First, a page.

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Lesson Plans 05: Formative and Summative Assessment

Assessment is a significant focus for educators. Yet, the vast majority of massage therapy educators have not had any formalized training in educational theory to adequately understand both the role of assessment and the different types of assessment activities built into a curriculum. Two words that you may hear often discussed around assessment are formative and summative assessment. A […]

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Lesson Plans 04: Using Bloom’s Taxonomy to Guide Assessment Questions

In the mid-1950s, Benjamin Bloom and his colleagues devised an organizational system for categorizing levels of learning and cognitive complexity. This system has been used extensively in curriculum development for all grade levels and in higher education. It has also more recently been modified and updated. The updated Bloom’s taxonomy model is precious for organizing […]

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distal tibiofibular syndesmosis

Syndesmosis Ankle Sprains

Ankle sprains are the most commonly occurring lower extremity soft-tissue injury. An estimated 85% of all ankle injuries involve ligament sprains. Of the various ligaments around the ankle, the majority of injuries occur to the ligaments on the lateral side of the ankle, primarily the anterior talofibular. When injuries are severe, they may also include […]

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Understanding Passive Range of Motion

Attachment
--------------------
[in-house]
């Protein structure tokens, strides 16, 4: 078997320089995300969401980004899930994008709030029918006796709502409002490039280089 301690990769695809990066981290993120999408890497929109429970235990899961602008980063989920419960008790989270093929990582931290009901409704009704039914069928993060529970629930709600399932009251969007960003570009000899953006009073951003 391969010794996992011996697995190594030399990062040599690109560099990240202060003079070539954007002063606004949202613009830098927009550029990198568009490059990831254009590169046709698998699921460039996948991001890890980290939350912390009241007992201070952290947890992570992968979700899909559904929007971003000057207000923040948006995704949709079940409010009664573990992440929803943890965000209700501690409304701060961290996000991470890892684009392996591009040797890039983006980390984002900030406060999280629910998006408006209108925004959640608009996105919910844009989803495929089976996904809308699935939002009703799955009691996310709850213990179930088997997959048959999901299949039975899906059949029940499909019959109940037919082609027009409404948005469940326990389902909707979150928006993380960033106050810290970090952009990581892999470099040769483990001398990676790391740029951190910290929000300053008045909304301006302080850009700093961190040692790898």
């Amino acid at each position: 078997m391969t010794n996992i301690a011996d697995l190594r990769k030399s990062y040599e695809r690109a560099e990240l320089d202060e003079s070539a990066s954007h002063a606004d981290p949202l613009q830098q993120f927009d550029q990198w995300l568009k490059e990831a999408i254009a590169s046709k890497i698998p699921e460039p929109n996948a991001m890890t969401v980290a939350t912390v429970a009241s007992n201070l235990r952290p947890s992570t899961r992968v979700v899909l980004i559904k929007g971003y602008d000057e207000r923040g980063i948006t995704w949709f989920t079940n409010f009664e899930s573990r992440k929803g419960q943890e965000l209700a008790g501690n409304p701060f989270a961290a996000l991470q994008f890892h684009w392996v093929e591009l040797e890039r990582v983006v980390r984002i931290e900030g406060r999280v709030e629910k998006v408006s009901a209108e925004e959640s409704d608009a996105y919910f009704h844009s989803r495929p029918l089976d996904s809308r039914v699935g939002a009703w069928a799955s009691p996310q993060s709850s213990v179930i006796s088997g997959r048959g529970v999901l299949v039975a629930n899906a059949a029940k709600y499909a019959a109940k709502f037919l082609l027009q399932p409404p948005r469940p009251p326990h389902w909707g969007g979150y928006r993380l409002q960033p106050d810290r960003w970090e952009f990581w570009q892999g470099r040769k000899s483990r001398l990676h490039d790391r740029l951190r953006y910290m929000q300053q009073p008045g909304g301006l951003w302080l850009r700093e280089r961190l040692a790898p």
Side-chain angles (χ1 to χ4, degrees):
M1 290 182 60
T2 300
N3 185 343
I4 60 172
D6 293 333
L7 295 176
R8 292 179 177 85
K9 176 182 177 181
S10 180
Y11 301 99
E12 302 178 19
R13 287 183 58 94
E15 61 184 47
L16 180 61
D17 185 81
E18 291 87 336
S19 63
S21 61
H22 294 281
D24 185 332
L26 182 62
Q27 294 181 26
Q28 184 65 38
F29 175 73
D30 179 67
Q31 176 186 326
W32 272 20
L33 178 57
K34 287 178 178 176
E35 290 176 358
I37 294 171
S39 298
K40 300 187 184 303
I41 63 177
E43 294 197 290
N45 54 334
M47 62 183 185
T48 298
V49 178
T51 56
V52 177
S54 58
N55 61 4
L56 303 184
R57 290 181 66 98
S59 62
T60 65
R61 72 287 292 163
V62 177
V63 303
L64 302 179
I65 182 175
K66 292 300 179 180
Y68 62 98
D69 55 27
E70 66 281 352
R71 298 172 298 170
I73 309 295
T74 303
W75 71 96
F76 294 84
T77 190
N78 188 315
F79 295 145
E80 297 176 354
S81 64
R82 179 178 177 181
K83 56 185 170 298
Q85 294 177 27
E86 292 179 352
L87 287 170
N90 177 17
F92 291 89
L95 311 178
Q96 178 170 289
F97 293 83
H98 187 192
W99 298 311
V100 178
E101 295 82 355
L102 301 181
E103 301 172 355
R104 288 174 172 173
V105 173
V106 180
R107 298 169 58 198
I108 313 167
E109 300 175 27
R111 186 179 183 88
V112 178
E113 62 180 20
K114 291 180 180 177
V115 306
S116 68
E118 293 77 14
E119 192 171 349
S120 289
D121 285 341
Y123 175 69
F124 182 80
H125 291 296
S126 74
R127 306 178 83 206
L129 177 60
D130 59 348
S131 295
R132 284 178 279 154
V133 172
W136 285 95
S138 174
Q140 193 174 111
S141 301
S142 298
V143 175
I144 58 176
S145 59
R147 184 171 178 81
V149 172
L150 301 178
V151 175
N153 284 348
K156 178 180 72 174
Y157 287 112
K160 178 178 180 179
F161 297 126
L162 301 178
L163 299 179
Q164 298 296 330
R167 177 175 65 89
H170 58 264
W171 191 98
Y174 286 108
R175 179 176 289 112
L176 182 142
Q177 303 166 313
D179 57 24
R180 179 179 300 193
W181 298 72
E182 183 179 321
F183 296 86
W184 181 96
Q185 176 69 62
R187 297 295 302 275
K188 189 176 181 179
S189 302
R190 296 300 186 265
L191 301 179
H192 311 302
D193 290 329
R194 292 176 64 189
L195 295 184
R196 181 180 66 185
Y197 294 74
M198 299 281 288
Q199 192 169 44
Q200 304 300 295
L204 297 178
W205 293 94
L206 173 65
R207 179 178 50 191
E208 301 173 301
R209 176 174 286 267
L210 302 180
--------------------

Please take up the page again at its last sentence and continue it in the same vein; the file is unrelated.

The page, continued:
Despite the increased use of high-tech diagnostic procedures, assessing the function of soft tissues involved in locomotion is still best done through physical examination. We derive some of the most valuable assessment information from relatively straightforward procedures like active and passive range of motion tests. While you may have learned the basics of performing active […]

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Edutainment and Instructional Design

School can sometimes have a reputation for being dull, and students frequently have wandering attention. The wandering attention is especially challenging in entry-level education where students come to class every day amid hectic lives with many other distractions. Teachers then look for different strategies to keep students engaged. One of the ways teachers try to […]

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layers of skin

Why We Don’t Elongate Fascia (pt. 2)

This post is the second of a two-part series investigating the ideas of fascial manipulation. In the first part, I discussed the biomechanical properties of plastic and elastic tissue deformation of connective tissue. These principles demonstrate that we are unlikely to elongate and change the shape of fascia with manual therapy despite numerous claims to […]

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Why We Don’t Elongate Fascia (pt. 1)

One of the unique facets of our field (and granted there are many) is that much of our education follows the model of oral tradition. In an oral tradition, information is passed down from teacher to student and assumed to be valid and accurate because “that’s what our former teachers taught, or that’s what the […]

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